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So, why did FCR's Gilmartin give mayoral candidate Thompson $400?

In the season's first report of campaign contributions, there are only six contributions from Forest City Ratner employees, to six different candidates in city political races, and the contributions are relatively small. So there's no reason to think it's a coordinated effort.

But the most curious contribution is $400 from MaryAnne Gilmartin, who heads the Atlantic Yards project, to Democrat Bill Thompson, the mayoral candidate and current Comptroller. (Click to enlarge)


Thompson has to be considered a long shot candidate, and Forest City Ratner is certainly most comfortable with Mayor Mike Bloomberg, a steady backer of Atlantic Yards.

Gilmartin on Bloomberg

Gilmartin in a public speech just after term limits were overturned last October, seemed to praise the mayor: "So I think the future holds great buildings that are also sustainable buildings. That we’ll be challenged by economic times, but in those challenging times creates great opportunities... If we have a great mayor, and I hope that we do, I think that this next five-year period represents tremendous opportunities for New York to build great buildings...”

Gilmartin made her contribution on September 13 of last year, after discussion of Bloomberg's plan had surfaced but before he actually went forward with it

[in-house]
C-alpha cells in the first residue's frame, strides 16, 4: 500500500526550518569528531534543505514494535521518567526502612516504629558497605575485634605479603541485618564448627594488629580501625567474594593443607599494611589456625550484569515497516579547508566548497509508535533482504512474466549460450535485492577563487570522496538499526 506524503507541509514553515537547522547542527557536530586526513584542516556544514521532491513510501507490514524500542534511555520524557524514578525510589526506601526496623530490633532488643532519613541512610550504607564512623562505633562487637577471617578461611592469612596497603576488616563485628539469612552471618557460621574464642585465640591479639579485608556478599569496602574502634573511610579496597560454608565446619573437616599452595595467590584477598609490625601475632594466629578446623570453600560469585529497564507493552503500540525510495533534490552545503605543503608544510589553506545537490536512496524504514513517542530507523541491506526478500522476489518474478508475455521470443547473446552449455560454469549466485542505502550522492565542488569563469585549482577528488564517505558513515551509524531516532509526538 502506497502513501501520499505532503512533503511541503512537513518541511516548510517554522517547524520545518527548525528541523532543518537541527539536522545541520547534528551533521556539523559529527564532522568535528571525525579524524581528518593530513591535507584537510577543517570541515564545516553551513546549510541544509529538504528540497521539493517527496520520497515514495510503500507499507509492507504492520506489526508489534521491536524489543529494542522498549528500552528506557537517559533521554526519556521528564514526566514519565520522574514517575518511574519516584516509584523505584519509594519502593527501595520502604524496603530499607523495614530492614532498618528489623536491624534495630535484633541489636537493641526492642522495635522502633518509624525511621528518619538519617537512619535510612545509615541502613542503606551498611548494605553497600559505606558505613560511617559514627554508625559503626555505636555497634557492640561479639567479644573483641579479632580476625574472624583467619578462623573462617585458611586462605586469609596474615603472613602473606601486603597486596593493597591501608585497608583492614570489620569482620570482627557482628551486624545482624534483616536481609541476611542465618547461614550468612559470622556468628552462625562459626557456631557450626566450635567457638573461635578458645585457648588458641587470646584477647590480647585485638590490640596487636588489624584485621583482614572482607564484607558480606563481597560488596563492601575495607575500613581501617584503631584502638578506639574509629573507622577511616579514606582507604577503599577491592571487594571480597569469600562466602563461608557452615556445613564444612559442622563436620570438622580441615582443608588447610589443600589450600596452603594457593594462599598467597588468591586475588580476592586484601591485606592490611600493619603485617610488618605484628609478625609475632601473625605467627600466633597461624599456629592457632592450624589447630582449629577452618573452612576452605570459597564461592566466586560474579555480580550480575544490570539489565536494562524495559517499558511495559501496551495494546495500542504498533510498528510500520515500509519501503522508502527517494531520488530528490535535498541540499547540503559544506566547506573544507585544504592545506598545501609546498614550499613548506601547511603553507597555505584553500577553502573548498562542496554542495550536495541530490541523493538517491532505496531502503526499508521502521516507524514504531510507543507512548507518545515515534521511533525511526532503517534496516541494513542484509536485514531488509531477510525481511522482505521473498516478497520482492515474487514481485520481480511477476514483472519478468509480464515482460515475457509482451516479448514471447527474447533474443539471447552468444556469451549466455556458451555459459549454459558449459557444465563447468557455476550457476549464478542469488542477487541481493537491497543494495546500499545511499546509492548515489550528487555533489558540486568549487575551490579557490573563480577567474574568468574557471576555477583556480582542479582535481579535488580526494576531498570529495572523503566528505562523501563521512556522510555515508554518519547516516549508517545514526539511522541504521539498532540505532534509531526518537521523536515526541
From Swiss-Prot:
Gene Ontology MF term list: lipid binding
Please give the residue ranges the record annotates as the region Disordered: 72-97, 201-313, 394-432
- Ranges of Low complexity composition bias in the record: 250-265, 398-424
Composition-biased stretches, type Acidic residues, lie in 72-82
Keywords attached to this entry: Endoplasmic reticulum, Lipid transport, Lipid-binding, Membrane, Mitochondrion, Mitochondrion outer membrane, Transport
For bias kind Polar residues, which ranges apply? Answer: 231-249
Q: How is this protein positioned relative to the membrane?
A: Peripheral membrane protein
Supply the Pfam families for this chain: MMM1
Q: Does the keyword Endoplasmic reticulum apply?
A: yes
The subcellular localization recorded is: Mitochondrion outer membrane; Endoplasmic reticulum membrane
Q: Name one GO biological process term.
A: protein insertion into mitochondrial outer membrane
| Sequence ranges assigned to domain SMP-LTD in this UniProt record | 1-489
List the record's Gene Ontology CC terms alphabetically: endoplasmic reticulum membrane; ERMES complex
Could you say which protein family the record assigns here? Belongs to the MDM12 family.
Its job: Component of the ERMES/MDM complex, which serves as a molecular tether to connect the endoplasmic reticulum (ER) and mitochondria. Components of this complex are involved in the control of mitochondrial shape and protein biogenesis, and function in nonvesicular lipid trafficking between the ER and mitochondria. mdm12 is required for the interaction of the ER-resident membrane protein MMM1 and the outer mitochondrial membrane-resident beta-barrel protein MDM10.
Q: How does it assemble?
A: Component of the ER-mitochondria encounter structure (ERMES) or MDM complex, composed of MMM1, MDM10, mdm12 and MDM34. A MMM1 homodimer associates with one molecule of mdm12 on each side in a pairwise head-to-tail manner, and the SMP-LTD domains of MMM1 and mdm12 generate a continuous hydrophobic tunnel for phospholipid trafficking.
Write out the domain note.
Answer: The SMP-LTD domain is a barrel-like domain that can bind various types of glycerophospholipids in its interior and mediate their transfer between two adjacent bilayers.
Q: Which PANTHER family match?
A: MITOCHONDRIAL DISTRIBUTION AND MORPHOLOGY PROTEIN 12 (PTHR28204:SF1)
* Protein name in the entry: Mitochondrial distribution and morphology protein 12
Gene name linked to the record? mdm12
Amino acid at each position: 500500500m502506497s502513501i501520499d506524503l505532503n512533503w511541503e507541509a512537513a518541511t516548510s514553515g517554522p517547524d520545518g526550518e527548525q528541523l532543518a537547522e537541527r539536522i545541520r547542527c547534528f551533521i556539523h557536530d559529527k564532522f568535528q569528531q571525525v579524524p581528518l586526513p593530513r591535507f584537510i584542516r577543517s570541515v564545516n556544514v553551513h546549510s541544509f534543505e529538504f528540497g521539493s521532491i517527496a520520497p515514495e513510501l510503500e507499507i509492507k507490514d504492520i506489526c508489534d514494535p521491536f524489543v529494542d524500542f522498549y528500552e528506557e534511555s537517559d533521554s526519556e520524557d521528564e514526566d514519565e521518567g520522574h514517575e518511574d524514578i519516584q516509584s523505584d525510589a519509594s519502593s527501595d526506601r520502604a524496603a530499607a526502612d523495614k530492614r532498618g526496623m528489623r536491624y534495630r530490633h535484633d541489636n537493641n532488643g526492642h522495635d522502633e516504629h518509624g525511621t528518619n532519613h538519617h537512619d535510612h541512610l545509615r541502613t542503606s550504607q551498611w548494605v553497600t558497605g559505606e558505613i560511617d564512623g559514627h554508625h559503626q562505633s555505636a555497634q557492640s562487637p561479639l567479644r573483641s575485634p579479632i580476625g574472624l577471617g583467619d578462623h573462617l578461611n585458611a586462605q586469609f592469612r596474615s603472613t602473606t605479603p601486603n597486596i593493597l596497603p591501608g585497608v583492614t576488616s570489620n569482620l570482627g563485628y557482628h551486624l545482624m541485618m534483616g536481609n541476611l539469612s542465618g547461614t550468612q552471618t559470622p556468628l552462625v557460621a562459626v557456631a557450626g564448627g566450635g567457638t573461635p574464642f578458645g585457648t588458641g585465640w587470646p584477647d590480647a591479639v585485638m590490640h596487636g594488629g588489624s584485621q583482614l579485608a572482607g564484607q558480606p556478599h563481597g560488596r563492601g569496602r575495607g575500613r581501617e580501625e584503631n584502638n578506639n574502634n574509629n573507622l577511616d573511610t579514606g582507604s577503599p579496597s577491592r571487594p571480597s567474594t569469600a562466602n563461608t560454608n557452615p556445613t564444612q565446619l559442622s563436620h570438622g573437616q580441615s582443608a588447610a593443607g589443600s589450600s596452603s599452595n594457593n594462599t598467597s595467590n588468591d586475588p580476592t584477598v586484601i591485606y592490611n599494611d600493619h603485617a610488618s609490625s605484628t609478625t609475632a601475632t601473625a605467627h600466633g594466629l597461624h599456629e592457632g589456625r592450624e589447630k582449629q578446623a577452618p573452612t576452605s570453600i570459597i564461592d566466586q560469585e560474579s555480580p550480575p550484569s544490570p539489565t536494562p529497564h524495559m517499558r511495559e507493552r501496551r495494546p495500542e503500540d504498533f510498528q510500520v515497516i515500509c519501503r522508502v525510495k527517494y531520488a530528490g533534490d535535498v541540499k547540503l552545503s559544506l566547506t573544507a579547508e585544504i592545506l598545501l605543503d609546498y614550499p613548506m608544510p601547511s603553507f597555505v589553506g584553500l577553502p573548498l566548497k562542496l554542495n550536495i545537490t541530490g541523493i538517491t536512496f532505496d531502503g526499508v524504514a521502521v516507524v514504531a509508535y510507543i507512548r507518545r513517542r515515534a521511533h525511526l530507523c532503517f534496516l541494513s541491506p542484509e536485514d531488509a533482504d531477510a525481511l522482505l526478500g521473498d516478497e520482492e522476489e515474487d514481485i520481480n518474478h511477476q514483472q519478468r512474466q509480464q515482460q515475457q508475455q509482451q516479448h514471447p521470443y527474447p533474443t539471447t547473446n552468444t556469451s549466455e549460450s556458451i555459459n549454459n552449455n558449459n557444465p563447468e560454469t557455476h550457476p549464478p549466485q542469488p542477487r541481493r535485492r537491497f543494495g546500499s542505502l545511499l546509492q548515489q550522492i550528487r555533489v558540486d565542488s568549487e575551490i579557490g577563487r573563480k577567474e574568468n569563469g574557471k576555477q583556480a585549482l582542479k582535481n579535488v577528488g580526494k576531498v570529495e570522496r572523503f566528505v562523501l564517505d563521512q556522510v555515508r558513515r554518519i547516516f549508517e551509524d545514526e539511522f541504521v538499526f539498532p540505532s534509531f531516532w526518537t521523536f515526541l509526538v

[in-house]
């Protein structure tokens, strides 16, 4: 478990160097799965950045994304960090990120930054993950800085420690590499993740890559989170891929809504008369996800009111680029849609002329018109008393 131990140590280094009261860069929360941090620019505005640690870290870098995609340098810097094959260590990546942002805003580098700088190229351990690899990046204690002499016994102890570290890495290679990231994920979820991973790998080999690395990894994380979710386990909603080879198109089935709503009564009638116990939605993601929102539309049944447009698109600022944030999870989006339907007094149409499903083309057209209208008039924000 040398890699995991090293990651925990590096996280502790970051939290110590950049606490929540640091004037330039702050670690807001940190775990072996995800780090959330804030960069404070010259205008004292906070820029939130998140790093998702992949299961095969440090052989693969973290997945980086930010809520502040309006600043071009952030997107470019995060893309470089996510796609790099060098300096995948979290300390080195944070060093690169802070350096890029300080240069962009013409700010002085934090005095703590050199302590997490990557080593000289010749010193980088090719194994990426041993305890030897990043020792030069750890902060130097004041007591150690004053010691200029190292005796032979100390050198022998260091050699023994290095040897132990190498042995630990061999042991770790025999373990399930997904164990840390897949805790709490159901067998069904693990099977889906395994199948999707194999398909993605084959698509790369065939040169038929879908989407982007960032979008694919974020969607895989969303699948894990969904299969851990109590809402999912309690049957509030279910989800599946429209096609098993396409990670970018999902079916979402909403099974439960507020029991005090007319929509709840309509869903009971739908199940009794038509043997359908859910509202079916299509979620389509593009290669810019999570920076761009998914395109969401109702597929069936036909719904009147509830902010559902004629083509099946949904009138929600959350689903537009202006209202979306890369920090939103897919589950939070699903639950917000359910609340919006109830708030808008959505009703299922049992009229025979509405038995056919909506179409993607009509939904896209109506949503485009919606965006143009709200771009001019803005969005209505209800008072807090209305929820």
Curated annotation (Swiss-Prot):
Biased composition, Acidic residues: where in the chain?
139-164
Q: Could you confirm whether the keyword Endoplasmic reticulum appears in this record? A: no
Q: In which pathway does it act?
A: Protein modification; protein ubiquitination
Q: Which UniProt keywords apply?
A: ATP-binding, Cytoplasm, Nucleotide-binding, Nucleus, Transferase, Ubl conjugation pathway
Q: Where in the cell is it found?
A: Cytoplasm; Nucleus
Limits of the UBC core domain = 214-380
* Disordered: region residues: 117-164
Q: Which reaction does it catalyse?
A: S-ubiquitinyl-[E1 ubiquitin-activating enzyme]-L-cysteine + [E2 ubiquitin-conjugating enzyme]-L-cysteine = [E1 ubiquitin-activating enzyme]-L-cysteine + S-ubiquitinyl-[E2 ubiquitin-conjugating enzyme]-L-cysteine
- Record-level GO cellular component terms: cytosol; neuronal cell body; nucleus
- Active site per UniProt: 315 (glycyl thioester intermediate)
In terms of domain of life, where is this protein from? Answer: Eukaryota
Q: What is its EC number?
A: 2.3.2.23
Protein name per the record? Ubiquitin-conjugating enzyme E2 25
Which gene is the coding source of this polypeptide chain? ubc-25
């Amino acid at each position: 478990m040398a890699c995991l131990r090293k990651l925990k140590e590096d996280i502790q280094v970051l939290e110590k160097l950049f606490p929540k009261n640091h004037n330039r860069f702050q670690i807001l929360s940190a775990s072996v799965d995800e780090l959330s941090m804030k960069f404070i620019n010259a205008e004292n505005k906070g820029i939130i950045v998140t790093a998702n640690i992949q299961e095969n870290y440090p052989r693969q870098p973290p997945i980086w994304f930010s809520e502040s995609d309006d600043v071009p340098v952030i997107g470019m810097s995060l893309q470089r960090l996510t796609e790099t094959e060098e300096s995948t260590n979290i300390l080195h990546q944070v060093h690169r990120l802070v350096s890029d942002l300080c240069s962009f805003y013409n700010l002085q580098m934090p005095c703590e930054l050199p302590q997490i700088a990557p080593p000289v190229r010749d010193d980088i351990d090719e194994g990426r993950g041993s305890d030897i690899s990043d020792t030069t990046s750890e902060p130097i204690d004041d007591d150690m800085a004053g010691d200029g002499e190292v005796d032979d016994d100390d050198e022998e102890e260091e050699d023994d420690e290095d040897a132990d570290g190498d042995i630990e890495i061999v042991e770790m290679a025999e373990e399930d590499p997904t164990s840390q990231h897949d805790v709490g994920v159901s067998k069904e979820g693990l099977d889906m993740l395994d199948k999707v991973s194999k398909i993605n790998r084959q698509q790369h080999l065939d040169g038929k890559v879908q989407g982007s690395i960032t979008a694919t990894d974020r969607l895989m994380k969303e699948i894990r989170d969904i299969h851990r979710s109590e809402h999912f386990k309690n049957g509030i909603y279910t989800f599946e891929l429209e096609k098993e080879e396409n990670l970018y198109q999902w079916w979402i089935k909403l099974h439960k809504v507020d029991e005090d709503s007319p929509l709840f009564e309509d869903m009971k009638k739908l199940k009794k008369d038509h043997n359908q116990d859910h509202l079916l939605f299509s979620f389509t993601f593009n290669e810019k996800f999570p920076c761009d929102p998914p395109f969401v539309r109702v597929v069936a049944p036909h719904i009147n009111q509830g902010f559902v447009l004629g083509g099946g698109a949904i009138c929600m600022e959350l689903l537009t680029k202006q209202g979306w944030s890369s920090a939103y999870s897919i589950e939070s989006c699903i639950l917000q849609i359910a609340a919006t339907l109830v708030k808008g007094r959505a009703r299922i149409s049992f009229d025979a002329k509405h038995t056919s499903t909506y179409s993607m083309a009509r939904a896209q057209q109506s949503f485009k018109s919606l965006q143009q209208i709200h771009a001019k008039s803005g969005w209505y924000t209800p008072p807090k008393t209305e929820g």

So, was the contribution to Thompson just a courtesy? A personal connection of some sort? An insurance policy? A belief that he was the frontrunner at the time?

I have to think Bloomberg--who's been vastly outspending his potential rivals--will forgive her.

Comments

  1. I suspect that gilmartin was testing the waters with her contribution to thompson's campaign.

    She wanted to see if thompson was willing to play ball with ratner, i.e. "let's make a deal", because thompson knows full well that there's a lot more campaign money from where that $400 originated.

    Since there were no further contributions to thompson from the ratner camp, it looks like thompson didn't take the bait.

    Bloomberg's lead over thompson in the polls is not as insurmountable as many in the media make it out to be.

    A 10 to 15 point lead 6 months before the general election, with both candidates under 50%, is still a very competitive race.

    Especially when you factor in the historic inaccuracy and unreliability of polls (see rudy giuliani's and hillary clinton's big lead in the polls during 2007-08 presidential primaries).

    Early polling numbers are usually just a reflection of candidate name recognition among the public.

    Once voters becomes more familiar with BOTH candidates, public opinion can change dramatically.

    Considering the amount of money he is spending on his campaign, bloomberg certainly seems to think the mayorship is up for grabs.

    If thompson raises a respectable amount of money and runs a smart and aggressive campaign, the mayorship is his for the taking, regardless of all the "bloomberg is a lock in november" chatter coming from pro-bloomberg members of the media.

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